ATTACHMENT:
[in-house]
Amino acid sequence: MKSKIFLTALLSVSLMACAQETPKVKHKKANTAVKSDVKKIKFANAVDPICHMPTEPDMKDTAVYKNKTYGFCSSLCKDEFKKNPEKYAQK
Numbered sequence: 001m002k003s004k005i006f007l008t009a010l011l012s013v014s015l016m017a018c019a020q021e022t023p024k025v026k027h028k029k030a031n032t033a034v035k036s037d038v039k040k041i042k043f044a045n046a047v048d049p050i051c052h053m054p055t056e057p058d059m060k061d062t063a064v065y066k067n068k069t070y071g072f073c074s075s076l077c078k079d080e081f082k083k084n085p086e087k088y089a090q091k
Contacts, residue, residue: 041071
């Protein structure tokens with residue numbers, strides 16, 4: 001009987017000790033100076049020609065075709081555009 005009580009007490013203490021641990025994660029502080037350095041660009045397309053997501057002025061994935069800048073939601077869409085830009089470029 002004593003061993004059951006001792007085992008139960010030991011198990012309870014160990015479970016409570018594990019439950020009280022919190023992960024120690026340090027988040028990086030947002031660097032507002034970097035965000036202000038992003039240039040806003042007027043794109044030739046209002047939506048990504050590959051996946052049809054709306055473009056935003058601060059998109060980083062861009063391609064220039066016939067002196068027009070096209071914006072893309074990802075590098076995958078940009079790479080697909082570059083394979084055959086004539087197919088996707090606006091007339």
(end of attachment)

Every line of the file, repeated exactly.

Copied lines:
[in-house]
Amino acid sequence: MKSKIFLTALLSVSLMACAQETPKVKHKKANTAVKSDVKKIKFANAVDPICHMPTEPDMKDTAVYKNKTYGFCSSLCKDEFKKNPEKYAQK
Numbered sequence: 001m002k003s004k005i006f007l008t009a010l011l012s013v014s015l016m017a018c019a020q021e022t023p024k025v026k027h028k029k030a031n032t033a034v035k036s037d038v039k040k041i042k043f044a045n046a047v048d049p050i051c052h053m054p055t056e057p058d059m060k061d062t063a064v065y066k067n068k069t070y071g072f073c074s075s076l077c078k079d080e081f082k083k084n085p086e087k088y089a090q091k
Contacts, residue, residue: 041071
């Protein structure tokens with residue numbers, strides 16, 4: 001009987017000790033100076049020609065075709081555009 005009580009007490013203490021641990025994660029502080037350095041660009045397309053997501057002025061994935069800048073939601077869409085830009089470029 002004593003061993004059951006001792007085992008139960010030991011198990012309870014160990015479970016409570018594990019439950020009280022919190023992960024120690026340090027988040028990086030947002031660097032507002034970097035965000036202000038992003039240039040806003042007027043794109044030739046209002047939506048990504050590959051996946052049809054709306055473009056935003058601060059998109060980083062861009063391609064220039066016939067002196068027009070096209071914006072893309074990802075590098076995958078940009079790479080697909082570059083394979084055959086004539087197919088996707090606006091007339």